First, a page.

US cash heats up pub war

Punch to enlist American muscle in fight for 3,600 Allied inns
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PUNCH Taverns is close to securing heavyweight backing from a US buy-out specialist in its bid to scupper Allied Domecq's agreed pounds 2.3bn sale of its pubs to Whitbread.

Punch is poised to agree a deal with Texas Pacific to buy the 45 per cent of the private pub company that is owned by US investment bank Bankers Trust. Texas Pacific is believed to be the favoured buyer, although neither Legal & General Ventures nor CVC Capital Partners are out of the running.

All three potential stake buyers are thought to be backing Punch's efforts to clinch a deal with Allied at the expense of Whitbread. Punch, which owns 1,800 pubs, is expected to step-up its attempts on Tuesday when Whitbread announces the terms of its deal to buy Allied's 3,600 pubs.

Punch boss Hugh Osmond is keen for access to the same confidential information that Whitbread has been privy to, especially the terms of Allied's supply deal with Carlsberg-Tetley and details of its capital gains tax liability. Sources close to Whitbread believe that it can afford to out-bid Punch, as its offer is funded with equity and would avoid the tax liability that Punch's cash offer would incur.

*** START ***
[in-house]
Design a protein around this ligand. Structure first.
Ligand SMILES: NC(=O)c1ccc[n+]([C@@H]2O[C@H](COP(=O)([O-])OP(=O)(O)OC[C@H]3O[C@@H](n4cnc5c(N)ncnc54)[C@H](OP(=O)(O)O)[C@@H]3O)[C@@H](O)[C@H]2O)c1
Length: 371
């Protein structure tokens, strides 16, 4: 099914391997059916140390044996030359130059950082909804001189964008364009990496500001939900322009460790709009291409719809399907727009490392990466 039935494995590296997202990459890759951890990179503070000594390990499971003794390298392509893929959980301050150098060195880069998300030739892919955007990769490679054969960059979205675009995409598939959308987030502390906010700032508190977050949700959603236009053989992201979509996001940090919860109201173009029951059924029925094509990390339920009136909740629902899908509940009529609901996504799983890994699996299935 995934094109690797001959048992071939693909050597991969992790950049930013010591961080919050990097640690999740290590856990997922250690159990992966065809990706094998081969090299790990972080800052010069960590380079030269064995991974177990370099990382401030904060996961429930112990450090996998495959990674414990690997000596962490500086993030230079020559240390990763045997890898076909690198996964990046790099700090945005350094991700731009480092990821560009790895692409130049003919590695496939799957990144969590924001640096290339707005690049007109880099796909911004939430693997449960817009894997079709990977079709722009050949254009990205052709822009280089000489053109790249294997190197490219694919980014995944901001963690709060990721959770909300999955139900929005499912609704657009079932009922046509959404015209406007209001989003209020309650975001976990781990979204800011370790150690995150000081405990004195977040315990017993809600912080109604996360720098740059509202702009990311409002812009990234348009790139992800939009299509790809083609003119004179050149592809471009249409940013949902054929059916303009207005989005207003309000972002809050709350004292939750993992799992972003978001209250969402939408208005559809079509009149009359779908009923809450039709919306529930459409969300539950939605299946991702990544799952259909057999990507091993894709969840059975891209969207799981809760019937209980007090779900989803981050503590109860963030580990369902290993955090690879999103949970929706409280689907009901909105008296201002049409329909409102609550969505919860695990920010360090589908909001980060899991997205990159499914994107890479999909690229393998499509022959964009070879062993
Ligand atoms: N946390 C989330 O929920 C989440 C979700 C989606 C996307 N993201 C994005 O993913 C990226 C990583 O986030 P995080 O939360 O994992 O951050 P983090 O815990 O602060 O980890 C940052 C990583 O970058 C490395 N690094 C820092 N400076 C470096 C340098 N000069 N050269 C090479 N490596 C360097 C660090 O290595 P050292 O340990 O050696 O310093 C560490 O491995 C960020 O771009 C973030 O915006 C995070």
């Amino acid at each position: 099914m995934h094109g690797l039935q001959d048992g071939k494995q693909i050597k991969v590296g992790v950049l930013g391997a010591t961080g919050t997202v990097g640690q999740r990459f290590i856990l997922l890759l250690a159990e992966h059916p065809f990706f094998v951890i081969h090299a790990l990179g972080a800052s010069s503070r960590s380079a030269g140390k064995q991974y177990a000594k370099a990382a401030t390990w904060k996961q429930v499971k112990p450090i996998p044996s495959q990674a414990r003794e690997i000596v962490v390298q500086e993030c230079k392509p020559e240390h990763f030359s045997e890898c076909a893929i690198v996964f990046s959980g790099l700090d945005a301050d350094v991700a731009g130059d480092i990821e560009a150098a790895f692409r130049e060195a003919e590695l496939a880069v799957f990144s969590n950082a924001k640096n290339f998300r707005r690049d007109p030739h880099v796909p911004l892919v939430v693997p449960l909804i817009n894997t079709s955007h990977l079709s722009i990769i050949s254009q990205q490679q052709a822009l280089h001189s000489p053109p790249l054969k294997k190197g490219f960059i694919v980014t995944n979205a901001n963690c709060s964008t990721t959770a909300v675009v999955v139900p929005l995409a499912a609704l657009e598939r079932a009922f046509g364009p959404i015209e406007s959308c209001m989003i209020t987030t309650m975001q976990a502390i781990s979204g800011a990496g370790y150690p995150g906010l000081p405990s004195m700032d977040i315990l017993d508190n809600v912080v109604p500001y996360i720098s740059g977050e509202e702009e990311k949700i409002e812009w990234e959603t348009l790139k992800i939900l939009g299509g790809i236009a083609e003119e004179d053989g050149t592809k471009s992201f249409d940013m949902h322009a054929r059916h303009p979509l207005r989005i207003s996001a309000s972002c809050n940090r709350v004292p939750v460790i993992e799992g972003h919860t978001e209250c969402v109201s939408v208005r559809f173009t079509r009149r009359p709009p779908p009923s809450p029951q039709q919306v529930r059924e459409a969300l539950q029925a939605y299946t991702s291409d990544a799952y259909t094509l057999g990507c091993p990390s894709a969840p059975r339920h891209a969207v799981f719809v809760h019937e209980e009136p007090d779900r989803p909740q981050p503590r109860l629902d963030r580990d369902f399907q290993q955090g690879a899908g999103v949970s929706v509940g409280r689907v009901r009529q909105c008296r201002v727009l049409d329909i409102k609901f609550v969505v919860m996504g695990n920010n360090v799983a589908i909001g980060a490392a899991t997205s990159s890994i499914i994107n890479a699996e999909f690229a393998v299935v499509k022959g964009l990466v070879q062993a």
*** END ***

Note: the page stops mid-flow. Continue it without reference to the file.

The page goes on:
Mr Osmond, who made his name by developing and floating Pizza Express, is also interested in buying Allied's fast-food division, including Dunkin' Donuts. There is speculation that Allied and Whitbread have come to an agreement that has a multi-million pound penalty clause if either side reneges on the deal. It is believed that break costs in excess of pounds 20m could rule out the possibility of a third party coming in with a rival bid.

Allied's agreement to grant Whitbread exclusive negotiating rights has already aroused discontent among shareholders. Some felt that Allied should have disposed of its pubs via an open auction to flush out other interested parties. Mr Osmond was particularly incensed by last month's news of the agreement with Whitbread, having had an approach of his own to Allied rejected only the week before.

Nevertheless, the City has applauded Allied's decision to divest its pubs in order to concentrate on its spirits brands, which include Beefeater gin and Ballantine's whisky. Analysts believe that Whitbread is better positioned than Allied to provide the estate with the necessary investment.

The announcement of the terms of Whitbread's deal on Tuesday will kick off a busy week for the pub sector with results due from Enterprise Inns, Greenalls and Bass.

The sector is alive with talk of deals as new companies and venture capitalists vie for control of thousands of pubs that the more traditional landlords are selling off.